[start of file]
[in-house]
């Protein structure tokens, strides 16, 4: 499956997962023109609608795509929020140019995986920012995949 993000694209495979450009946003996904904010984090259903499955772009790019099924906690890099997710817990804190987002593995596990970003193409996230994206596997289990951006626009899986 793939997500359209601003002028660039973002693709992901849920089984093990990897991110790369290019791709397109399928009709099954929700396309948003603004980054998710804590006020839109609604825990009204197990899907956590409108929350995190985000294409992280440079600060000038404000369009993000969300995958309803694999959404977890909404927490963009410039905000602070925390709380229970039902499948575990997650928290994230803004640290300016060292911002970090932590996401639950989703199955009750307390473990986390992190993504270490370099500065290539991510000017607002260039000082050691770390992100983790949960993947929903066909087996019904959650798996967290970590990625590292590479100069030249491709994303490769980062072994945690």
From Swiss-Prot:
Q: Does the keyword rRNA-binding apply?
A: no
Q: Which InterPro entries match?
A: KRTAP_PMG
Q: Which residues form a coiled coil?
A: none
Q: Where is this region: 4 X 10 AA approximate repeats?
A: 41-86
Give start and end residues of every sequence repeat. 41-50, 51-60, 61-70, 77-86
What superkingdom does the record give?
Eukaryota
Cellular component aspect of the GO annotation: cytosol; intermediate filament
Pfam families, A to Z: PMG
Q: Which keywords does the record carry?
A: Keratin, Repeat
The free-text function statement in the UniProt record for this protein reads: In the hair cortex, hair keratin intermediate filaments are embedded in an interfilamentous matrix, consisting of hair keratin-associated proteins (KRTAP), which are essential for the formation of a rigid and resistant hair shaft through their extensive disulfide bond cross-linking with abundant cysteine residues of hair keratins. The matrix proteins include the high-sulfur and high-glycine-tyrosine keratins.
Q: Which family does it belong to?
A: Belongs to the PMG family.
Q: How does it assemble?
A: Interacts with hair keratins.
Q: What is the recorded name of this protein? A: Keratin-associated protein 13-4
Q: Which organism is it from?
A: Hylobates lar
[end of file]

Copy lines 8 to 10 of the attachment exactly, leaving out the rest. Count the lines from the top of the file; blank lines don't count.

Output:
Q: Which residues form a coiled coil?
A: none
Q: Where is this region: 4 X 10 AA approximate repeats?